I honestly think a lot of the problems at DC Comics today boil down to bad leadership at the top level more than anything else, including how any of DC’s executives personally feel about some of their characters. Since becoming DC Entertainment, DC Comics has become a corporation first and a comic book publisher second, a topic more-like-a-justice-league discussed in a well written post here.
With DC becoming a corporation under Time Warner, the business model has changed in such a way that prioritises increasing revenue however which way they can, which has led to a lot of short term strategising. Over the last three years, it’s become increasingly transparent that Batman has become DC’s financial safety net as evidenced by the number of books Batman has in proportion to other characters, the number of narratives that feature Batman at the front and centre, and the amount of marketing Batman gets at the expense of other characters. I equally suspect the ‘only Batman sells’ mentality influenced the decision to bring in Thomas Wayne as ‘the new Earth-2 Batman’ despite this world’s Bruce Wayne already having a successor in the form of his daughter, Helena Wayne, the Huntress.
The point is DC has consistently demonstrated that they don’t believe their own franchise and characters can sell on their own, which leads to the other problem I’ve been noticing: there is a complete disconnect between the needs of DC executives and those of DC fans. To start with, the current leadership does not understand the value of the characters they own, their respective histories, and what all of these things mean to not just comic book fans, but to people in general.
These characters are iconic for a reason, and a lot of that has to do with the fact that they were created to represent the best of humanity. These characters have endured the test of time because they mean something to people. They give people hope of a better life and future, and these characters even help people cope with their lives when times are dark. To the current DC leadership, these characters are nothing more than fictional characters that exist for profit. But to the general public, these characters feel like old friends to us. That is why when DC guts the very things we love about these characters, we can’t help but to feel hurt in return. We tend to feel like our old friends were taken from us.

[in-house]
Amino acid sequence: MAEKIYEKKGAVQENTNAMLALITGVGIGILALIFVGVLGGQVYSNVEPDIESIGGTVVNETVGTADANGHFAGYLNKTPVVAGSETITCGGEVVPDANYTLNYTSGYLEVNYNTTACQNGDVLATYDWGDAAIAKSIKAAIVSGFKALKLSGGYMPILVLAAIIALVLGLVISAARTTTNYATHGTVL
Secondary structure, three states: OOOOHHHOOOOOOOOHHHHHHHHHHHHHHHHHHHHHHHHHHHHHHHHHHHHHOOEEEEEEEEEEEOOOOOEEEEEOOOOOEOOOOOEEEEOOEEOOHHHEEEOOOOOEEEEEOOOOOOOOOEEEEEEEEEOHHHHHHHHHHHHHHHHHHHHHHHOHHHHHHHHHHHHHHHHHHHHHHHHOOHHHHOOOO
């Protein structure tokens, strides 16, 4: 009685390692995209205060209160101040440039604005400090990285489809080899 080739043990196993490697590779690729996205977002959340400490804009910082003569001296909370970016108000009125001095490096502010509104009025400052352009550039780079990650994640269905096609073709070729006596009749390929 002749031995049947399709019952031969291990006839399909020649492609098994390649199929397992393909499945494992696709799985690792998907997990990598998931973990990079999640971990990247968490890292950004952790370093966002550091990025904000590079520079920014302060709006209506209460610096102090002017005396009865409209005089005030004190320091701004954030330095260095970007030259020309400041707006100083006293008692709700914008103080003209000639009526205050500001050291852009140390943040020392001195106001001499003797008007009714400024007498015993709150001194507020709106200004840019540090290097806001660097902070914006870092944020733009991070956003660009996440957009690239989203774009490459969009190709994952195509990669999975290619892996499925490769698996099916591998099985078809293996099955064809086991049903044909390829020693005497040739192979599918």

With that in mind, the other problem I’ve been noticing as well as that the current leadership does not take criticism very well, and continue to repeat the same problems they’ve been called out on over, and over, and over, and a trillion times over again. As such, it’s been anything but surprising that outside of Justice League and Batman (DC’s default top sellers), the rest of their books have slumped in sales. It’s pretty much acknowledged at this point that the current leadership does NOT know how to expand their readership. They do not know how to strategise for longterm success, and they especially do not know how to market their properties to a wider demographic. It especially doesn’t help in their case that they’ve largely catered to a singular demographic (in this case, the adult, white, heterosexual cismale) and never listen to their more diverse fans (who are also their customers) when problems get addressed. As such, steps are never taken to effectively improve the quality of their product, and diverse fans are often left feeling devalued.
I know this turned out far longer than you probably anticipated, but I am very much convinced at this point that, after three years, all of the problems go back to bad leadership. I think once you change the leadership and hire people who care about these characters and their fans, are more innovative in their business strategy, possess better marketing and PR skills, I think you will notice a huge difference in both the business model and the quality of the books. By extension, even the films, television programmes, and video games. All of these things connect.